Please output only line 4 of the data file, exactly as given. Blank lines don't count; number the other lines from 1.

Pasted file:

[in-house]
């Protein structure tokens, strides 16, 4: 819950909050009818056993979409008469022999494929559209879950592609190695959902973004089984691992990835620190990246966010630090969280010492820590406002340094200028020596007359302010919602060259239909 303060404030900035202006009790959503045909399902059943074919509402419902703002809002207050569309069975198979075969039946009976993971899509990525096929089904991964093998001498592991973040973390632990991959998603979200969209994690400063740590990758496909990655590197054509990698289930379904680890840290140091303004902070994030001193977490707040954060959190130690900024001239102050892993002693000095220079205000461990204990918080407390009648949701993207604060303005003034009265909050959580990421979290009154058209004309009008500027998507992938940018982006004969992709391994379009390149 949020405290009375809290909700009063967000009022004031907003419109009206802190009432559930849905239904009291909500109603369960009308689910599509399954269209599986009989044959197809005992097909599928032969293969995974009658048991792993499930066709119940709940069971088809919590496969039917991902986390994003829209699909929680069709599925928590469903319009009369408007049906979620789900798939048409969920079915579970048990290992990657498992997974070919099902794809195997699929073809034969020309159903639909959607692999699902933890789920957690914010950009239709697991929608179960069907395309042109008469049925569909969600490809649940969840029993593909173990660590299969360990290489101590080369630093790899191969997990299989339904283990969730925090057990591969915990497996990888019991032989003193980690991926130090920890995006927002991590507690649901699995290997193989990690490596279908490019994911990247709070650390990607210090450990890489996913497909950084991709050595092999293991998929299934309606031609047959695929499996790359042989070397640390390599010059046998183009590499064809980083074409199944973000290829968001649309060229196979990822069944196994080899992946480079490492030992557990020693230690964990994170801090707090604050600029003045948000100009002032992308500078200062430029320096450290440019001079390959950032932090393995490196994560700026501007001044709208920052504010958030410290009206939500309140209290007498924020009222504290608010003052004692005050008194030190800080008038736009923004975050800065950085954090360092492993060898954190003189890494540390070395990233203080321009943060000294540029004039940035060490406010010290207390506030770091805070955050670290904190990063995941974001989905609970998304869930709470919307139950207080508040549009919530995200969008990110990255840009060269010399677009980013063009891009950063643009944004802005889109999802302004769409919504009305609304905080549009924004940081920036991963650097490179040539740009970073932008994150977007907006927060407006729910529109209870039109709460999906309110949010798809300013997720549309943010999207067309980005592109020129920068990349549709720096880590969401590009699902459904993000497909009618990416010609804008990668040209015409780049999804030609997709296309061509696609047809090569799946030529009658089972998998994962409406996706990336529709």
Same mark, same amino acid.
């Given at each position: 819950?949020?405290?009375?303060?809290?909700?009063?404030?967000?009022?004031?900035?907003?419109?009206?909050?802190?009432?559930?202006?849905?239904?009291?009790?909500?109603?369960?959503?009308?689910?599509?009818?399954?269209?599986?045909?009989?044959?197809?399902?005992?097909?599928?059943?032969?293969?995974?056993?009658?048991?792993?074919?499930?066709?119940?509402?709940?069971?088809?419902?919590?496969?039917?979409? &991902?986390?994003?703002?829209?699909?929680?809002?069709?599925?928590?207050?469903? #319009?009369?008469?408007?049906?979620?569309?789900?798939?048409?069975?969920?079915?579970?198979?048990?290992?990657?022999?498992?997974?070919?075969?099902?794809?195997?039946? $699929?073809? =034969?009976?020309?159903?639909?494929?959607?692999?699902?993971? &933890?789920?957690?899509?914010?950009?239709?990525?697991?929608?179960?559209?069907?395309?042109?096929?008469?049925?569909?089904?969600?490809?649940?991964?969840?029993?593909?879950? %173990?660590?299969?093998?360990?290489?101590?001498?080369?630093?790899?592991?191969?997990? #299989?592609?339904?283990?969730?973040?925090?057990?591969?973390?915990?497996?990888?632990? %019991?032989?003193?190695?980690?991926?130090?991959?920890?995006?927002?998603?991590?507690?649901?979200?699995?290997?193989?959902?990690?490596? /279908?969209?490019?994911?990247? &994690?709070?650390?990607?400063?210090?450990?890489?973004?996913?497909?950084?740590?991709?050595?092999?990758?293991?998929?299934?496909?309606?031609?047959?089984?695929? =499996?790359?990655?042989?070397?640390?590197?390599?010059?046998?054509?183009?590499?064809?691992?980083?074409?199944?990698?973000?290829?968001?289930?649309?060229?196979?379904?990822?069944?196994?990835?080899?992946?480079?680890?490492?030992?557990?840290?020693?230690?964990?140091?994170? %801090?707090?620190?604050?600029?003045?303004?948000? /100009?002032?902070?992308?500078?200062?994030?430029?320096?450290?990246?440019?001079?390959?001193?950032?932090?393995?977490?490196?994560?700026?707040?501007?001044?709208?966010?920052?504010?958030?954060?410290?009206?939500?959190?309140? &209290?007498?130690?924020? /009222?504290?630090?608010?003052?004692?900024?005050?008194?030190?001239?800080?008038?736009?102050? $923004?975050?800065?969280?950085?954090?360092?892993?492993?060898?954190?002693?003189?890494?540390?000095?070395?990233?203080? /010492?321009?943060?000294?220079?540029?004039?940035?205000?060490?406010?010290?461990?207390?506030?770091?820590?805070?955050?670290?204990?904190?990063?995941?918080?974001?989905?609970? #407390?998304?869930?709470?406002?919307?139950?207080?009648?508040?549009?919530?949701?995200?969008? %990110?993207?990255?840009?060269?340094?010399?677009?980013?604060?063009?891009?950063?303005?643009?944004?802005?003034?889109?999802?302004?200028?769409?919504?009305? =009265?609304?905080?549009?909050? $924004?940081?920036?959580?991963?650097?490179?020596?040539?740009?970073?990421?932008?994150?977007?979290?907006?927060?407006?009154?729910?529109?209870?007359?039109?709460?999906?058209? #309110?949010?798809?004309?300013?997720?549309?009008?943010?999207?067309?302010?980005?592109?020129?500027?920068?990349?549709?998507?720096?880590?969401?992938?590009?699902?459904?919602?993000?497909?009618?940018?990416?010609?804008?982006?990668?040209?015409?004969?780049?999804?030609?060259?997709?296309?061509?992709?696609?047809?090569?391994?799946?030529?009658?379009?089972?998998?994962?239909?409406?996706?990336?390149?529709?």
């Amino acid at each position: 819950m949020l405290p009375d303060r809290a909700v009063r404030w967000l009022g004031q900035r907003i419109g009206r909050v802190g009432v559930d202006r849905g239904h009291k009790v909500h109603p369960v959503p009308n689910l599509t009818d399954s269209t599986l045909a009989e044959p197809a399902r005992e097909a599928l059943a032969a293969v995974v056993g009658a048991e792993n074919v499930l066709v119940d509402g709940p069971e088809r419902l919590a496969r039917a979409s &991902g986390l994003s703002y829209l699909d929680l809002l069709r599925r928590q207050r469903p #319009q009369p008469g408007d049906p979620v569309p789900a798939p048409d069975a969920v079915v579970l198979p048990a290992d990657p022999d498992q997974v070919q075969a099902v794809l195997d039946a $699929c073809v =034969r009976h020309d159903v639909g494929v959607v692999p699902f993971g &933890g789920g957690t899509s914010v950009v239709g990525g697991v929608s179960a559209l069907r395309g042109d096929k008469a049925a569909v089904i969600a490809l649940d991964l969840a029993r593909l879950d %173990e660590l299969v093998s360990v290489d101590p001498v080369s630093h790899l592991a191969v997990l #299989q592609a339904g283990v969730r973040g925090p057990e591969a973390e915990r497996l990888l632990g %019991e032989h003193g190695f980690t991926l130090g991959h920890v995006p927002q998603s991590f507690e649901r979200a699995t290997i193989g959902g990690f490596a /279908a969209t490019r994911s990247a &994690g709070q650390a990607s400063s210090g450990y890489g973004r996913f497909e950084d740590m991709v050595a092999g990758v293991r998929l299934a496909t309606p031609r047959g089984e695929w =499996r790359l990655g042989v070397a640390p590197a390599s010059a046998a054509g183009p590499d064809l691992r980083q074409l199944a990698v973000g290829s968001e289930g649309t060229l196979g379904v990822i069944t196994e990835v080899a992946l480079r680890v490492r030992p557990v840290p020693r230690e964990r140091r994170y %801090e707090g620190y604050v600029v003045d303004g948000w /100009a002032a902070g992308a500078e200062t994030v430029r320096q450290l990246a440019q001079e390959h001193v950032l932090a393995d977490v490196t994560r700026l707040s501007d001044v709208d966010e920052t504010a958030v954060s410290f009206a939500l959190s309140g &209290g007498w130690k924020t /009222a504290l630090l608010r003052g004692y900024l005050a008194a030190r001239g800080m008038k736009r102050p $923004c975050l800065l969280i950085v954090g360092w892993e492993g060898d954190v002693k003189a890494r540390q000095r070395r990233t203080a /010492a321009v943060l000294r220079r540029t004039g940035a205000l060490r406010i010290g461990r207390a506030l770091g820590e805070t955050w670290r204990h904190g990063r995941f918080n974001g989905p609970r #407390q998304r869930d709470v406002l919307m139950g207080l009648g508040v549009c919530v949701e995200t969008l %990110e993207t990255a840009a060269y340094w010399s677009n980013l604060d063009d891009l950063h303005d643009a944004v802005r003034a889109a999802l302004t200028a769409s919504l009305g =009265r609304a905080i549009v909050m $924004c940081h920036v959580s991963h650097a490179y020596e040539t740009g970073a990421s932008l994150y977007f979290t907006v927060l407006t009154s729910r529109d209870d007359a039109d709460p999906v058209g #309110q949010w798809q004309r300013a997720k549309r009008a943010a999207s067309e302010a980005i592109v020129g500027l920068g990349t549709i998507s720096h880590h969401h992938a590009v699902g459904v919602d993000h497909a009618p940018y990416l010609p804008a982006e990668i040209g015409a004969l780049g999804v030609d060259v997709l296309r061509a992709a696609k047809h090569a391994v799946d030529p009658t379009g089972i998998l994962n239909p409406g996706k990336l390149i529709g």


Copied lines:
């Given at each position: 819950?949020?405290?009375?303060?809290?909700?009063?404030?967000?009022?004031?900035?907003?419109?009206?909050?802190?009432?559930?202006?849905?239904?009291?009790?909500?109603?369960?959503?009308?689910?599509?009818?399954?269209?599986?045909?009989?044959?197809?399902?005992?097909?599928?059943?032969?293969?995974?056993?009658?048991?792993?074919?499930?066709?119940?509402?709940?069971?088809?419902?919590?496969?039917?979409? &991902?986390?994003?703002?829209?699909?929680?809002?069709?599925?928590?207050?469903? #319009?009369?008469?408007?049906?979620?569309?789900?798939?048409?069975?969920?079915?579970?198979?048990?290992?990657?022999?498992?997974?070919?075969?099902?794809?195997?039946? $699929?073809? =034969?009976?020309?159903?639909?494929?959607?692999?699902?993971? &933890?789920?957690?899509?914010?950009?239709?990525?697991?929608?179960?559209?069907?395309?042109?096929?008469?049925?569909?089904?969600?490809?649940?991964?969840?029993?593909?879950? %173990?660590?299969?093998?360990?290489?101590?001498?080369?630093?790899?592991?191969?997990? #299989?592609?339904?283990?969730?973040?925090?057990?591969?973390?915990?497996?990888?632990? %019991?032989?003193?190695?980690?991926?130090?991959?920890?995006?927002?998603?991590?507690?649901?979200?699995?290997?193989?959902?990690?490596? /279908?969209?490019?994911?990247? &994690?709070?650390?990607?400063?210090?450990?890489?973004?996913?497909?950084?740590?991709?050595?092999?990758?293991?998929?299934?496909?309606?031609?047959?089984?695929? =499996?790359?990655?042989?070397?640390?590197?390599?010059?046998?054509?183009?590499?064809?691992?980083?074409?199944?990698?973000?290829?968001?289930?649309?060229?196979?379904?990822?069944?196994?990835?080899?992946?480079?680890?490492?030992?557990?840290?020693?230690?964990?140091?994170? %801090?707090?620190?604050?600029?003045?303004?948000? /100009?002032?902070?992308?500078?200062?994030?430029?320096?450290?990246?440019?001079?390959?001193?950032?932090?393995?977490?490196?994560?700026?707040?501007?001044?709208?966010?920052?504010?958030?954060?410290?009206?939500?959190?309140? &209290?007498?130690?924020? /009222?504290?630090?608010?003052?004692?900024?005050?008194?030190?001239?800080?008038?736009?102050? $923004?975050?800065?969280?950085?954090?360092?892993?492993?060898?954190?002693?003189?890494?540390?000095?070395?990233?203080? /010492?321009?943060?000294?220079?540029?004039?940035?205000?060490?406010?010290?461990?207390?506030?770091?820590?805070?955050?670290?204990?904190?990063?995941?918080?974001?989905?609970? #407390?998304?869930?709470?406002?919307?139950?207080?009648?508040?549009?919530?949701?995200?969008? %990110?993207?990255?840009?060269?340094?010399?677009?980013?604060?063009?891009?950063?303005?643009?944004?802005?003034?889109?999802?302004?200028?769409?919504?009305? =009265?609304?905080?549009?909050? $924004?940081?920036?959580?991963?650097?490179?020596?040539?740009?970073?990421?932008?994150?977007?979290?907006?927060?407006?009154?729910?529109?209870?007359?039109?709460?999906?058209? #309110?949010?798809?004309?300013?997720?549309?009008?943010?999207?067309?302010?980005?592109?020129?500027?920068?990349?549709?998507?720096?880590?969401?992938?590009?699902?459904?919602?993000?497909?009618?940018?990416?010609?804008?982006?990668?040209?015409?004969?780049?999804?030609?060259?997709?296309?061509?992709?696609?047809?090569?391994?799946?030529?009658?379009?089972?998998?994962?239909?409406?996706?990336?390149?529709?």